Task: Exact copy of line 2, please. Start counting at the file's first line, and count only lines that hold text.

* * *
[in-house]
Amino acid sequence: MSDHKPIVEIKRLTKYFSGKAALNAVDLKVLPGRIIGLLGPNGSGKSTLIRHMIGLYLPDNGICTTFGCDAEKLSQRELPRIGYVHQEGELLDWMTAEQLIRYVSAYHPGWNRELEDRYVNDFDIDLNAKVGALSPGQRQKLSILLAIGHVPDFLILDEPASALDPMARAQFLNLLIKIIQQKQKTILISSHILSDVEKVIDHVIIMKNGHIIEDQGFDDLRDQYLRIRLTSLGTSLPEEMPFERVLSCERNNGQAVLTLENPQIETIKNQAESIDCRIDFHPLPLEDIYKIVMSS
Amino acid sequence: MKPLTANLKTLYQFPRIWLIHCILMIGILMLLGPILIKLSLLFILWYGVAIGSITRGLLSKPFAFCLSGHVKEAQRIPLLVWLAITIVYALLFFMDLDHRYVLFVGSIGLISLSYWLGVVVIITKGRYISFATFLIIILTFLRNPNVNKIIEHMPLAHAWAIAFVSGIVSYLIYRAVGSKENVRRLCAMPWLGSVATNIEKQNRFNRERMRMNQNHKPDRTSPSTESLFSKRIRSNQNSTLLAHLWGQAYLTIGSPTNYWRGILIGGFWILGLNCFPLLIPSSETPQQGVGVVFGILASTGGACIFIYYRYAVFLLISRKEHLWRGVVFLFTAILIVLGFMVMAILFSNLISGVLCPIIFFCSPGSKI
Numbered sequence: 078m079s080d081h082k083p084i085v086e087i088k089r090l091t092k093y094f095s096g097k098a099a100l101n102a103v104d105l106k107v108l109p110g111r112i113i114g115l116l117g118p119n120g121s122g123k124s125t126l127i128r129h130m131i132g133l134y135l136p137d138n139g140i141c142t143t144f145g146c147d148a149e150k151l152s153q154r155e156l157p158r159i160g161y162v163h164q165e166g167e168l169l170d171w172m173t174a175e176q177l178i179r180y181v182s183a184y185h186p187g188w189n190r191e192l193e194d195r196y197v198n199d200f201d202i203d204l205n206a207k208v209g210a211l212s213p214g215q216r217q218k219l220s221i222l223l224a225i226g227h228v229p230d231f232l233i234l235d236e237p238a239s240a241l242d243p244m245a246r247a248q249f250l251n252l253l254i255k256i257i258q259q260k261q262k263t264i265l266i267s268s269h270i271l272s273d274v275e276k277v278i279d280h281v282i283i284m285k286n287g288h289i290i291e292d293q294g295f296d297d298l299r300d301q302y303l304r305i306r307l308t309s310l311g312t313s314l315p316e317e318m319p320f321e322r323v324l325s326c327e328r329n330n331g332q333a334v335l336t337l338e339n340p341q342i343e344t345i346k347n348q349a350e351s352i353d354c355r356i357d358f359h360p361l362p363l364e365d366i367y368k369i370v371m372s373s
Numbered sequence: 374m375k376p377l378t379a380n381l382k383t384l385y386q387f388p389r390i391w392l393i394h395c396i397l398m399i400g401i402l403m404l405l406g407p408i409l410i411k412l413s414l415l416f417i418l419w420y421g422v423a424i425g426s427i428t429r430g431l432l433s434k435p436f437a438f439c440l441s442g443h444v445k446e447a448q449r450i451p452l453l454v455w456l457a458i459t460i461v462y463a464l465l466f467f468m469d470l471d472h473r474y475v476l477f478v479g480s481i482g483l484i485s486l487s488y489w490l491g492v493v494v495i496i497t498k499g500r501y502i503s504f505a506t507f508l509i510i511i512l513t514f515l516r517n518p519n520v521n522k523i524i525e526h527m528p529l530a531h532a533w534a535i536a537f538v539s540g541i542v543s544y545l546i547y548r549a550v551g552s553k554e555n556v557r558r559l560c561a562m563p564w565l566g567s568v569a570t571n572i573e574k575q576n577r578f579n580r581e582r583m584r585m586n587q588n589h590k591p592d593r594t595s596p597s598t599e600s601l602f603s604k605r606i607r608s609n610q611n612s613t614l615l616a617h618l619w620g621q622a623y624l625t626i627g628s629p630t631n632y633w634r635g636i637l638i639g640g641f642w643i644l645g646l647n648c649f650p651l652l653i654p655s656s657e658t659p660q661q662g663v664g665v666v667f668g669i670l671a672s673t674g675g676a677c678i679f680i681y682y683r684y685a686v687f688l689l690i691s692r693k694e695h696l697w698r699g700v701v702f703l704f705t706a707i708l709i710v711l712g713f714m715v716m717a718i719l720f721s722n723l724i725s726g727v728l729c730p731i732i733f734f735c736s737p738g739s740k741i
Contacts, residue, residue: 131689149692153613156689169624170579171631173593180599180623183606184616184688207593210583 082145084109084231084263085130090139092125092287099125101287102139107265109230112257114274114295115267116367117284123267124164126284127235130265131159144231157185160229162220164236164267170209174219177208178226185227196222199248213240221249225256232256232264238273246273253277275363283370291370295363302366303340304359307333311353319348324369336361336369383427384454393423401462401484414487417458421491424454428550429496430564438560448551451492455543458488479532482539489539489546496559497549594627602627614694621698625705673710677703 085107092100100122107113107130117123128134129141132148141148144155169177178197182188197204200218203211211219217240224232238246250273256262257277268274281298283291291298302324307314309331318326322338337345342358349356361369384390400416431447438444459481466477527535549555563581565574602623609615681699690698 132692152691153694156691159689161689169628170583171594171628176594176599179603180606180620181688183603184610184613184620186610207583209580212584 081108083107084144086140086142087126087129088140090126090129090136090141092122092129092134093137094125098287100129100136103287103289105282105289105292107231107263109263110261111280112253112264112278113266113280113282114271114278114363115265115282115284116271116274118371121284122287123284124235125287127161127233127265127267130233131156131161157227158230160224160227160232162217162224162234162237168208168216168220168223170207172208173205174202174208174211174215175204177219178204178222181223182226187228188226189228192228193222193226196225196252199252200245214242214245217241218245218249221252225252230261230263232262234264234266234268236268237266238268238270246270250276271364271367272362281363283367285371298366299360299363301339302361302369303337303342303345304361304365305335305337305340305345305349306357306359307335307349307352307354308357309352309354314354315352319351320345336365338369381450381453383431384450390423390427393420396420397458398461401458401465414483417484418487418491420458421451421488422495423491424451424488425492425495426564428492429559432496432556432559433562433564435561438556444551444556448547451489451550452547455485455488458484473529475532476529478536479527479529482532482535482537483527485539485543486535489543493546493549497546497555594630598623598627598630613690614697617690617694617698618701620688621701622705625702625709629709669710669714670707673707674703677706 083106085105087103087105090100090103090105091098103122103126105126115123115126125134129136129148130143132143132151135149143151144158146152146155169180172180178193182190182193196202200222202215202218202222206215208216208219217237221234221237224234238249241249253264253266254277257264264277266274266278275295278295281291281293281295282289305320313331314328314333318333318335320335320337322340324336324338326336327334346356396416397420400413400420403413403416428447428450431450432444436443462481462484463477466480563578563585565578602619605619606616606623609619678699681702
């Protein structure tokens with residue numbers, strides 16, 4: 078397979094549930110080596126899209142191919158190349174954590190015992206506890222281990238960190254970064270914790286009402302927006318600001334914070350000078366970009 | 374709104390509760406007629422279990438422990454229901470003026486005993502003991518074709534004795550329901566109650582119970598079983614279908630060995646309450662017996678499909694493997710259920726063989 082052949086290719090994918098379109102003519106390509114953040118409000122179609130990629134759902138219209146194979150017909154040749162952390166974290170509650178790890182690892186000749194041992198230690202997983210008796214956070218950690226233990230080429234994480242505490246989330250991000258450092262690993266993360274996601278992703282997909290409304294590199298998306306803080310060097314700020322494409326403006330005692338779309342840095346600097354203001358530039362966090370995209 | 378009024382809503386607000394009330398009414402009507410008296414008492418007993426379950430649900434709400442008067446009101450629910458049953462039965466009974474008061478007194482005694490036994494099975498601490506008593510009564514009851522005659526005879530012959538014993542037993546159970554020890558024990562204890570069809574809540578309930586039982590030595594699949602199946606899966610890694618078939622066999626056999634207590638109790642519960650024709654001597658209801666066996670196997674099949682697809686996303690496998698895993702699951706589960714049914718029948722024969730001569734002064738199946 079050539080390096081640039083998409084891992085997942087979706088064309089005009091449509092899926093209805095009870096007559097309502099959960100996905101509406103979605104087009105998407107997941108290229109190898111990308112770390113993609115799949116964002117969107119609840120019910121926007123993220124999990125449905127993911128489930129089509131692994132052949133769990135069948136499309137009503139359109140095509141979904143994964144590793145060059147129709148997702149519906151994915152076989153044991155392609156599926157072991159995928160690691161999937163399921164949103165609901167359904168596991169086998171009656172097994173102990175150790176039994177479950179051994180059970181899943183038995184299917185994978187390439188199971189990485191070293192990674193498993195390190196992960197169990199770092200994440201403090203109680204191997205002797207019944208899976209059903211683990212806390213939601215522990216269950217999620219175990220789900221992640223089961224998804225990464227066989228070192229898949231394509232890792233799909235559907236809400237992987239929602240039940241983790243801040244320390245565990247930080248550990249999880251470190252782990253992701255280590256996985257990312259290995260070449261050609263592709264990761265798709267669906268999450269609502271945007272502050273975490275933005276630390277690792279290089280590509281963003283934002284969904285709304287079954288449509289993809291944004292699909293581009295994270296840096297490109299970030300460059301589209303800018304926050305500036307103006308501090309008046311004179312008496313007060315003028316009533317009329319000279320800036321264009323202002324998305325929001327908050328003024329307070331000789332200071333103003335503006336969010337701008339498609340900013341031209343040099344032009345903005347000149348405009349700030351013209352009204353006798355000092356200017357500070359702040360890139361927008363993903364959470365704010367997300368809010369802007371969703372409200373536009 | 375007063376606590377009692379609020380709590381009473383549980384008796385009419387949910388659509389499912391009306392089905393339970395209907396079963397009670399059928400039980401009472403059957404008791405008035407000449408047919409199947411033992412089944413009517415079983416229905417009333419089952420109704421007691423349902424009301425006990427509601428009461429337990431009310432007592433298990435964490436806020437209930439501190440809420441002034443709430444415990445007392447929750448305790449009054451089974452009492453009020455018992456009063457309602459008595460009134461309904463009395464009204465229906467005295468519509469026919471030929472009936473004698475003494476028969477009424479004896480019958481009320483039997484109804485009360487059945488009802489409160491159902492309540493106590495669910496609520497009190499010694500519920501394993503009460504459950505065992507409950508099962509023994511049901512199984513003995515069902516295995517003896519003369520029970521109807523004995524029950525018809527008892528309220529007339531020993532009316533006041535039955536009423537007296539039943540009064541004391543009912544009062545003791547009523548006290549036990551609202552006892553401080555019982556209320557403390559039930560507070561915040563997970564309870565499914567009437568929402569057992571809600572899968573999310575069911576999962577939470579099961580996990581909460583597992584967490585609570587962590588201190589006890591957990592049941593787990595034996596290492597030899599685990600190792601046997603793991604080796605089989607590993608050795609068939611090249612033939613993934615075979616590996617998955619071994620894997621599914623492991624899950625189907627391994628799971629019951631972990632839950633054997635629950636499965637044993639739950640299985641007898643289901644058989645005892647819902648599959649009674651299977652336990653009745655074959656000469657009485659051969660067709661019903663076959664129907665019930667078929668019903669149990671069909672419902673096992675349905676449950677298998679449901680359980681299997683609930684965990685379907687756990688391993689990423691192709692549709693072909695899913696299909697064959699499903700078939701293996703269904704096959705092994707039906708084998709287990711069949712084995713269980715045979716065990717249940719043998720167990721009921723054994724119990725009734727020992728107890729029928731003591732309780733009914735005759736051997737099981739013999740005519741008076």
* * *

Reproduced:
Amino acid sequence: MSDHKPIVEIKRLTKYFSGKAALNAVDLKVLPGRIIGLLGPNGSGKSTLIRHMIGLYLPDNGICTTFGCDAEKLSQRELPRIGYVHQEGELLDWMTAEQLIRYVSAYHPGWNRELEDRYVNDFDIDLNAKVGALSPGQRQKLSILLAIGHVPDFLILDEPASALDPMARAQFLNLLIKIIQQKQKTILISSHILSDVEKVIDHVIIMKNGHIIEDQGFDDLRDQYLRIRLTSLGTSLPEEMPFERVLSCERNNGQAVLTLENPQIETIKNQAESIDCRIDFHPLPLEDIYKIVMSS